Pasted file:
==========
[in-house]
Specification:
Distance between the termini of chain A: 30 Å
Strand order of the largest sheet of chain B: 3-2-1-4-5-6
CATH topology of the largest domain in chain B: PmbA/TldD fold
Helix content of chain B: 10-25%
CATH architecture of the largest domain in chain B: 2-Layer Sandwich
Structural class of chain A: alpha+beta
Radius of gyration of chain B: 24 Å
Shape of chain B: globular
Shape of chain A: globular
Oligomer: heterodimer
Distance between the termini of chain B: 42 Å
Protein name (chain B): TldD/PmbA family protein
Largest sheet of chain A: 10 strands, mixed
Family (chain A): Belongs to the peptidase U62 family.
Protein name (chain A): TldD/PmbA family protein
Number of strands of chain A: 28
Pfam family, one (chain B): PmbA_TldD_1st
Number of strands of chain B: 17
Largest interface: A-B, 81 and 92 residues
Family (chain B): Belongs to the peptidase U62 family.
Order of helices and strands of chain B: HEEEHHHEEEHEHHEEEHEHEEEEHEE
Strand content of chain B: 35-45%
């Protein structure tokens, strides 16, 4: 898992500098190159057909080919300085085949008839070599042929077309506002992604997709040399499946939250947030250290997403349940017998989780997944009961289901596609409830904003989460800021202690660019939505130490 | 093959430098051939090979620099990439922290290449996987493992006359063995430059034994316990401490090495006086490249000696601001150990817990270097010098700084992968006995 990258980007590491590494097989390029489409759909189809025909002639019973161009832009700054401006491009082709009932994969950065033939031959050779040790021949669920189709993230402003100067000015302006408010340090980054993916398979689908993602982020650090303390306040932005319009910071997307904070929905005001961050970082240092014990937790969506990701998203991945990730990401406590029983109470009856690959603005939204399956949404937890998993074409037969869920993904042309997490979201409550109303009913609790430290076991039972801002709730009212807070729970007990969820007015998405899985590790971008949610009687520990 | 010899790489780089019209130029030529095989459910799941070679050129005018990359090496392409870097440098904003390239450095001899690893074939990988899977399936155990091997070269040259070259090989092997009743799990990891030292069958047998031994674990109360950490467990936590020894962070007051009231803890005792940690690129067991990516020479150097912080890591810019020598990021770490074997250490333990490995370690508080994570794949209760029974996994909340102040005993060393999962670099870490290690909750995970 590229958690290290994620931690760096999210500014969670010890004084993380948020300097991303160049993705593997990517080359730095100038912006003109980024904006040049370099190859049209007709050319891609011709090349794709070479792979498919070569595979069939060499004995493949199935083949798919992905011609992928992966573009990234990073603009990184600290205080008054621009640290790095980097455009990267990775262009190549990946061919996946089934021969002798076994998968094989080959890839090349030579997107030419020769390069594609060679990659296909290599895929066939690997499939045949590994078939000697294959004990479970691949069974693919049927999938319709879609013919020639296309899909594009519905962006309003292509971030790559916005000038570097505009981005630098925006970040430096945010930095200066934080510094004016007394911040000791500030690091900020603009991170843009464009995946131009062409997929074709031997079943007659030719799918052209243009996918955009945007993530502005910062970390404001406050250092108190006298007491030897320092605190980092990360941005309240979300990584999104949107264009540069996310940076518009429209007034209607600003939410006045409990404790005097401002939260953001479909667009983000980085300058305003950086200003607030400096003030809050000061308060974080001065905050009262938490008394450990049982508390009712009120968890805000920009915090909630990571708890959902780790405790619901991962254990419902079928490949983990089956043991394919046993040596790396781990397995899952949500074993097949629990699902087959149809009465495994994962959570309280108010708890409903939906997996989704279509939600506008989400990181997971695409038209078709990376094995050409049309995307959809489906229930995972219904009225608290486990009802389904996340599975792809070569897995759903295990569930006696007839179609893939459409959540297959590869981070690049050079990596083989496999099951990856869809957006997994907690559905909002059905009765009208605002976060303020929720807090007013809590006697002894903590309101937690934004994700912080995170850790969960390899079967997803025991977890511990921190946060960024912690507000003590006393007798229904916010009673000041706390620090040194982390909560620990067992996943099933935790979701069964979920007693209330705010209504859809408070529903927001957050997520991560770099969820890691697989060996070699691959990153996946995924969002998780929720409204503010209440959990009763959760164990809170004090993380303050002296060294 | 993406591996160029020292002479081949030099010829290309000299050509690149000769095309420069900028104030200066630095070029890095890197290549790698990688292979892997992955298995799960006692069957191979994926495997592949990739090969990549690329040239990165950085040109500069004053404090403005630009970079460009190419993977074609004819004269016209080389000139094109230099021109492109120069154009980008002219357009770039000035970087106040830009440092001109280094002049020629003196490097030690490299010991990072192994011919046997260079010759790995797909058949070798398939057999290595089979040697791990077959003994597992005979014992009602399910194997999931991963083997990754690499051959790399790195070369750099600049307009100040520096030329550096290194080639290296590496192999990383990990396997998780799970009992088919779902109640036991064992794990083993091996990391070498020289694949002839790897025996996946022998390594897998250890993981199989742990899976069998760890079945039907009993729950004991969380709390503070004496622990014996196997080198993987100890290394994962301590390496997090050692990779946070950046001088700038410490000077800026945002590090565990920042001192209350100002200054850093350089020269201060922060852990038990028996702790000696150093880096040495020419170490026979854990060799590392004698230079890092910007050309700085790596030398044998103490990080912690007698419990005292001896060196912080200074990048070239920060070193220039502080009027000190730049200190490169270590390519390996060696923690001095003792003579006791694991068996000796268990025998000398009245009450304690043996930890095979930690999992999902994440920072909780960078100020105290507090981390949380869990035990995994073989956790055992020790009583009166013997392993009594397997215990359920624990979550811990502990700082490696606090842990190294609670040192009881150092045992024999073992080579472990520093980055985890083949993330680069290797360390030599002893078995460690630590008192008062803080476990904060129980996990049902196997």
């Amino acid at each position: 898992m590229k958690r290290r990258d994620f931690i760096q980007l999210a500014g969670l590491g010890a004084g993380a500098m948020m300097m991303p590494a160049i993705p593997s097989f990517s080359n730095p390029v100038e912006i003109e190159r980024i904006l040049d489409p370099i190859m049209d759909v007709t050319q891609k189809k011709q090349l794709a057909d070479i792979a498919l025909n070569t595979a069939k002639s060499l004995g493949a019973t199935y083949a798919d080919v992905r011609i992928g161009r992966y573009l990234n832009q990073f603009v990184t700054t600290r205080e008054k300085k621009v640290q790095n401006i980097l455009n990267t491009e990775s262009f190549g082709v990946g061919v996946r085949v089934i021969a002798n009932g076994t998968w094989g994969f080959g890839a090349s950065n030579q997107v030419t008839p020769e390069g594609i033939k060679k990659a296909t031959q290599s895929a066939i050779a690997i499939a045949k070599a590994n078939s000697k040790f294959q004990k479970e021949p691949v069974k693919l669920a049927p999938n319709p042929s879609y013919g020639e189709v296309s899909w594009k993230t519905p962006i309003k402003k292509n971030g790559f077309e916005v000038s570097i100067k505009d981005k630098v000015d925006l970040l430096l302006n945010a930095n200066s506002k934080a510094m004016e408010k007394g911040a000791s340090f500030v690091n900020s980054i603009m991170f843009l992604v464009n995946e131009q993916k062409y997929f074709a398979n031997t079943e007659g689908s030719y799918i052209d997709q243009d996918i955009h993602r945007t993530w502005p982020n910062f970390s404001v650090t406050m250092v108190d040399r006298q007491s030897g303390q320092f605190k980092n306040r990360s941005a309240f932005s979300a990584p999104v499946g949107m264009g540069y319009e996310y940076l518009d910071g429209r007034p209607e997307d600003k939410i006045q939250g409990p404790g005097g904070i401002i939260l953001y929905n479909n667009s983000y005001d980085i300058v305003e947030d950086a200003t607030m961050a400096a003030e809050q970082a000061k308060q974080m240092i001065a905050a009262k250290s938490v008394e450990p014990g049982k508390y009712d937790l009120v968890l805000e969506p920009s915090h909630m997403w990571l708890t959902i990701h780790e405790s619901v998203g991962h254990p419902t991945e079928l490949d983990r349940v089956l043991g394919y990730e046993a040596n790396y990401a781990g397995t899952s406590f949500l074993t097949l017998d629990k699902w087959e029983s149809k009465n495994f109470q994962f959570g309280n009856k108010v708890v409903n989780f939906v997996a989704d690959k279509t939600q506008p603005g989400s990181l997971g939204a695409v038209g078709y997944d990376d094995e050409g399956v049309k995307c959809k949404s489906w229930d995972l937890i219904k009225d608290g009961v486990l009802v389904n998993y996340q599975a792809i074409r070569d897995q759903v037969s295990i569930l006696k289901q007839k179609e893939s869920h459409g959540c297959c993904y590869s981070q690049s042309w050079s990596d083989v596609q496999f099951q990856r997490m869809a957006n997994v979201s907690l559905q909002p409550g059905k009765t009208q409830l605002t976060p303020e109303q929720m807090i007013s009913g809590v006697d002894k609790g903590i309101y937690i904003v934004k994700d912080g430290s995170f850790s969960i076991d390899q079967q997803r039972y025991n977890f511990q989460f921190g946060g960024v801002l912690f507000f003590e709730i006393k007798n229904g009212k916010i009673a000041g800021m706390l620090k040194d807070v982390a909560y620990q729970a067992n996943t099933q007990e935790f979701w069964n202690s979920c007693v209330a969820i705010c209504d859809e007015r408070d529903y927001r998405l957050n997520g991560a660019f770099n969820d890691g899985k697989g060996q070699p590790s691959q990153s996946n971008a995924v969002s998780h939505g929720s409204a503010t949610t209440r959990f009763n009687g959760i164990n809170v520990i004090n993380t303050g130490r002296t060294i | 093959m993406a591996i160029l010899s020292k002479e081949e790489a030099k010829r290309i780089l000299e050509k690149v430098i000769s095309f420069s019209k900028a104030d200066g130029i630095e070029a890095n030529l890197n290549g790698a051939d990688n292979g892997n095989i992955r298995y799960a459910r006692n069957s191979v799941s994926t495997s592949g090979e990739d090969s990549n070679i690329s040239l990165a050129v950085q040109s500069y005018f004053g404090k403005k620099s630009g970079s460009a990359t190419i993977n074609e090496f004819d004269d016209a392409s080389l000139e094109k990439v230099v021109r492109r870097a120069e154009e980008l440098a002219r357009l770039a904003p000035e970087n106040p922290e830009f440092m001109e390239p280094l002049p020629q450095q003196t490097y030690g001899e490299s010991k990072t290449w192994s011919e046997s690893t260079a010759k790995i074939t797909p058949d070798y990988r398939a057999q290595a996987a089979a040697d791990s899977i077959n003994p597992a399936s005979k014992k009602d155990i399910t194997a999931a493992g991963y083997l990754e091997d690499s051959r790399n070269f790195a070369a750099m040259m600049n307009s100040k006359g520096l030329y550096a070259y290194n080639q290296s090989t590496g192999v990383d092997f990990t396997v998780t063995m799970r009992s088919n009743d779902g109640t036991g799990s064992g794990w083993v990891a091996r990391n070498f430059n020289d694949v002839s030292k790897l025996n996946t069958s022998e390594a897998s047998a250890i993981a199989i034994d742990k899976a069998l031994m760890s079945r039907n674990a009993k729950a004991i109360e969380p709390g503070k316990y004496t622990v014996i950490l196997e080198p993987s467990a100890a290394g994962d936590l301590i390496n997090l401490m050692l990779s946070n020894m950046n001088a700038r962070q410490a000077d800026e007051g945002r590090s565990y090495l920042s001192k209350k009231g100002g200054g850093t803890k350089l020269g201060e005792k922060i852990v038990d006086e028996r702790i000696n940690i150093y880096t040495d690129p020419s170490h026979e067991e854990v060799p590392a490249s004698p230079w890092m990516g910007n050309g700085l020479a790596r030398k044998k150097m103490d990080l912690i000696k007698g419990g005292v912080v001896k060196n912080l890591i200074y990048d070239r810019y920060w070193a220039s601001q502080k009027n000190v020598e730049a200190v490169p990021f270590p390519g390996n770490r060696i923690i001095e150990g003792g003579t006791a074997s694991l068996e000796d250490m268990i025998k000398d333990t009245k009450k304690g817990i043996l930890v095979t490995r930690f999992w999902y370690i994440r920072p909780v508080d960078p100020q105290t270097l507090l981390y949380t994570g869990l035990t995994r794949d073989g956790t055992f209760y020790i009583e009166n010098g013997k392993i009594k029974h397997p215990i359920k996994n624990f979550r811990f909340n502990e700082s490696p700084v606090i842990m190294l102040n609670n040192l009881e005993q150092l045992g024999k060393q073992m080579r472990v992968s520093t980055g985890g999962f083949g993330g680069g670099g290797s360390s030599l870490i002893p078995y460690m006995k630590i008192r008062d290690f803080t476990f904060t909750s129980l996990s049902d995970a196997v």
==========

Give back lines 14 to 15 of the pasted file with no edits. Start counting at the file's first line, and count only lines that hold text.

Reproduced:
Protein name (chain B): TldD/PmbA family protein
Largest sheet of chain A: 10 strands, mixed